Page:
About The Book
We live in an age when younger African-American Christians are asking tough questions that previous generations would dare not ask. This generation doesn’t hesitate to question the validity of the Scriptures, the efficacy of the church and even the historicity of Jesus. Young people are becoming increasingly curious as to what role, if any, did people of African descent play in biblical history? Or, if the Bible is devoid of Black presence, and is merely a book by Europeans, about Europeans and for Europeans to the exclusion of other races and ethnicities?
Dr. Theron D. Williams makes a significant contribution to this conversation by answering the difficult questions this generation fearlessly poses. Dr. Williams uses facts from the Bible, well-respected historians, scientists, and DNA evidence to prove that Black people comprised the biblical Israelite community. Dr. Williams also presents historical evidence that links some in the African-American community to the Lost Tribes of Israel. He also shares historical images from the ancient catacombs that vividly depict the true likeness of the biblical Israelites. This book does not change the biblical text, but it will change how you understand it.
About Dr. Theron D. Williams I
For more than 30 years, Dr. Theron D. Williams has been the Pastor of the Mt. Carmel Church of Indianapolis, Indiana. Dr. Williams was born in Detroit, Michigan. He is the fourth of eight siblings. He attended the Detroit Public School System and is a graduate of Murray Wright High School. Dr. Williams is an alumnus of Virginia Union University and the Samuel DeWitt Proctor, School of Theology at Virginia Union, earning a Bachelor of Arts in Psychology and a Master of Divinity degree, respectively. Dr. Williams is also an alumnus of The Chicago Theological Seminary, receiving a Doctor of Ministry Degree.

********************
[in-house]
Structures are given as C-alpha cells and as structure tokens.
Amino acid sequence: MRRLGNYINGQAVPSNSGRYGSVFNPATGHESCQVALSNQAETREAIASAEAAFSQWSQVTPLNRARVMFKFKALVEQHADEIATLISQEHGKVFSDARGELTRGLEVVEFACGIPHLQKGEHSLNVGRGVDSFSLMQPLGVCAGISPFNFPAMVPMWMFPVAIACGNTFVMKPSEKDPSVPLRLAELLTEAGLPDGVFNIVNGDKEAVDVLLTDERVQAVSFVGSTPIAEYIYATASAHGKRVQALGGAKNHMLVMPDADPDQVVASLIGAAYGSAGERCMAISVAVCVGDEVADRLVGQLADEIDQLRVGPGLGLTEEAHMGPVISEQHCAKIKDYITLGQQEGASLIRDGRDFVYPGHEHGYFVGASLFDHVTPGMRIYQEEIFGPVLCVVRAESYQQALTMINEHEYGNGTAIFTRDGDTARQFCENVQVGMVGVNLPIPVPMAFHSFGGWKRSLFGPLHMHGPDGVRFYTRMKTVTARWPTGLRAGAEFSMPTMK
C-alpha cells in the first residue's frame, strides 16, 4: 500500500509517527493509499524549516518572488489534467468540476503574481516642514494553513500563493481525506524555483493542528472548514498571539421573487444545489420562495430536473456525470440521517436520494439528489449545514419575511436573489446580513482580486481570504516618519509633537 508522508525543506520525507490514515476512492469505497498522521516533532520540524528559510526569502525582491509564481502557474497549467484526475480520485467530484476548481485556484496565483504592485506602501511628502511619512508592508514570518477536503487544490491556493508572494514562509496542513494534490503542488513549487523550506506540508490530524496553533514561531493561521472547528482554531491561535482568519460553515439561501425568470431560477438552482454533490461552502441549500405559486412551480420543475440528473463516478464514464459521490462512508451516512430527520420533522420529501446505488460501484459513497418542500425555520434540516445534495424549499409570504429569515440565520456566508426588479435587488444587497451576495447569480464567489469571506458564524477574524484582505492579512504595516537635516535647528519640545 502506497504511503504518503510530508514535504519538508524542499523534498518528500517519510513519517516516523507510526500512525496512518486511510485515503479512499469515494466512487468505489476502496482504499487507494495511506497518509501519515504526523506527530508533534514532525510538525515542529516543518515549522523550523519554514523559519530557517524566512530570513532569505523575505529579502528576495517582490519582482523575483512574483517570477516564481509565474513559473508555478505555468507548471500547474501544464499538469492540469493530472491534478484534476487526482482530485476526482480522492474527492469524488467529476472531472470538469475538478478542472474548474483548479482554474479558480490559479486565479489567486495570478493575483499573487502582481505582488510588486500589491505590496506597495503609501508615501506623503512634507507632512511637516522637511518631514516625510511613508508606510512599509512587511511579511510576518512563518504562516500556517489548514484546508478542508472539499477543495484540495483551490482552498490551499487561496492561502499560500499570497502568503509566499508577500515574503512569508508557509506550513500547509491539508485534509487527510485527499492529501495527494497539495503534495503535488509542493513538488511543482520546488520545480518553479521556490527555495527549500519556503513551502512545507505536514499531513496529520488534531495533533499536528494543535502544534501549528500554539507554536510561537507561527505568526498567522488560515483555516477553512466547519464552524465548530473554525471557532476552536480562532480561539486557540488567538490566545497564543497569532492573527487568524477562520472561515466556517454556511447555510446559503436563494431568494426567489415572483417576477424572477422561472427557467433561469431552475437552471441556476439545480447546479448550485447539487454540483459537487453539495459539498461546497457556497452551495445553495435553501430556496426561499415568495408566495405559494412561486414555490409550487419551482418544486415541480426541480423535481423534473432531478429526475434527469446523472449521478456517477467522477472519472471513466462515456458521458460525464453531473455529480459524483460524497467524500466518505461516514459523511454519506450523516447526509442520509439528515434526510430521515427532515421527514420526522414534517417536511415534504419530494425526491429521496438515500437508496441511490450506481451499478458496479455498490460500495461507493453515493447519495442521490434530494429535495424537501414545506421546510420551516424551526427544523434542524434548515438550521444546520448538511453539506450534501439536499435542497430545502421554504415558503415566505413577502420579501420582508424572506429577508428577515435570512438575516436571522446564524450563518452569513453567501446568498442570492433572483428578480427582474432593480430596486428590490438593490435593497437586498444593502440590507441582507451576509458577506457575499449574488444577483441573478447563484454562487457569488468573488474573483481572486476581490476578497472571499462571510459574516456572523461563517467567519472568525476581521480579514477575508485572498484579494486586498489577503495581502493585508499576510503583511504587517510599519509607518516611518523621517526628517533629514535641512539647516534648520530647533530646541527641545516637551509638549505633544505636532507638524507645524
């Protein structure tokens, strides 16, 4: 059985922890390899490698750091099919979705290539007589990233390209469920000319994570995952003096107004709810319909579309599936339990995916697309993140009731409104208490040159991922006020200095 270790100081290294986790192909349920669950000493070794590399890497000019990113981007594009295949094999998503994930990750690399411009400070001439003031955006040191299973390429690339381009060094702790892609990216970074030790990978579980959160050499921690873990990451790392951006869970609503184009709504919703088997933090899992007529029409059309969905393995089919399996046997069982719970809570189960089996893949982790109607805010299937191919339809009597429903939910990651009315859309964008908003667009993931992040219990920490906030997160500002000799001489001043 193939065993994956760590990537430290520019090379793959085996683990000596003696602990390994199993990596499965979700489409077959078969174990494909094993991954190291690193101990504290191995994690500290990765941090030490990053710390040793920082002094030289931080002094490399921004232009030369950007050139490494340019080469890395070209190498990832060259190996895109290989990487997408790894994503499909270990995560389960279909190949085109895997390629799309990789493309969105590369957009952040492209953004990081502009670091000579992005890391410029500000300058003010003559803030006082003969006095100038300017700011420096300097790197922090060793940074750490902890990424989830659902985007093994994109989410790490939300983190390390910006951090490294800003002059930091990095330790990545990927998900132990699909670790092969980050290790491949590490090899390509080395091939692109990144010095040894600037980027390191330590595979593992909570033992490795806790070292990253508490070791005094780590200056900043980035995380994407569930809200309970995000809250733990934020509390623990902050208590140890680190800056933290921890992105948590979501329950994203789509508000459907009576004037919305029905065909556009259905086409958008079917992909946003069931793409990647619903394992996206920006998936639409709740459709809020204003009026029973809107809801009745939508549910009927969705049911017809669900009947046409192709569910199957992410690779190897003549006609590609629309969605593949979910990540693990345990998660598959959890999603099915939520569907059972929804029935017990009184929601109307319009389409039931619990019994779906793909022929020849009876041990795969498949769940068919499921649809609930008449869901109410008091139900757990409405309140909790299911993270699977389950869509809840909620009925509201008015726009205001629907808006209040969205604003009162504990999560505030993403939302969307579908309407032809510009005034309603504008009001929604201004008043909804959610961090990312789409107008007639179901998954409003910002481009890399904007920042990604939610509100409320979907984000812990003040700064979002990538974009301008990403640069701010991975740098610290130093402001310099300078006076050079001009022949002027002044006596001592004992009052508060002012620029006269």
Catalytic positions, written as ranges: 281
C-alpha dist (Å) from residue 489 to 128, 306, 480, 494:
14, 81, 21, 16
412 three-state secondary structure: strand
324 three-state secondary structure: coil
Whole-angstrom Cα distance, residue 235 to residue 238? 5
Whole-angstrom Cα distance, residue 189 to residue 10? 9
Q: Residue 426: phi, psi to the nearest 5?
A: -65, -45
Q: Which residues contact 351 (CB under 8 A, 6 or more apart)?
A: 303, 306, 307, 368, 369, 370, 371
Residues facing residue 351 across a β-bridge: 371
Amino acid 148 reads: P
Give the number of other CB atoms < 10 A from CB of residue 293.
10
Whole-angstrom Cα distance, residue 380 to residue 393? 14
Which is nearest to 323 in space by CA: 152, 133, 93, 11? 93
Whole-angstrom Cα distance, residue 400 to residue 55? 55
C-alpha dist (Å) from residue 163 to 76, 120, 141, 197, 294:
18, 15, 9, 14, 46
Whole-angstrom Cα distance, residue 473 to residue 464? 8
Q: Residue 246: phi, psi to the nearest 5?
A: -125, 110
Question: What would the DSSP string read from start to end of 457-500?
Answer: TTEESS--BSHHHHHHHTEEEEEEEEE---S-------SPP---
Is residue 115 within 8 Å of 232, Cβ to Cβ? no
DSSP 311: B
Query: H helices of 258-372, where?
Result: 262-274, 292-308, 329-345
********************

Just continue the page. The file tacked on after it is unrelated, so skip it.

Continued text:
While a student at Virginia Union University, Dr. Williams was elected Pastor of the Angel Visit Baptist Church of Dunnsville, Virginia. During his brief pastorate at Angel Visit, he moved the church from a part-time church (holding worship services of twice per month) to a full-time church. Angel Visit Church grew phenomenally under Dr. Williams’ leadership. In 1987 the people of Mt. Carmel Baptist Church, of Indianapolis, Indiana, extended him the call to lead its congregation. Under Dr. Williams’ dynamic pastorate, Mt. Carmel has experienced an incredible transformation and exponential growth, numerically, spiritually, organically and financially. Mt. Carmel has grown from under 200 members to more than 2,500 members, with matching financial growth.
Dr. Williams has led this multimillion-dollar ministry to complete three major building projects and extensive facility renovation campaigns. Dr. Williams led Mt. Carmel in the construction of a family life center. This center accommodated a high school regulation size gymnasium that was used for other church/community purposes, including a theater, banquet facility, and fellowship hall. It also included youth Christian Education classrooms, a preschool, administrative offices, and a commercial kitchen.Read More
Mt. Carmel has 25 highly functioning ministries. Mt. Carmel’s Christian Education Ministry includes a full-time state accredited Christian School; Mt. Carmel Bible Academy that offers eight college-level biblical education courses. Students who complete the program are awarded certificates of completion along with accredited continuing education units.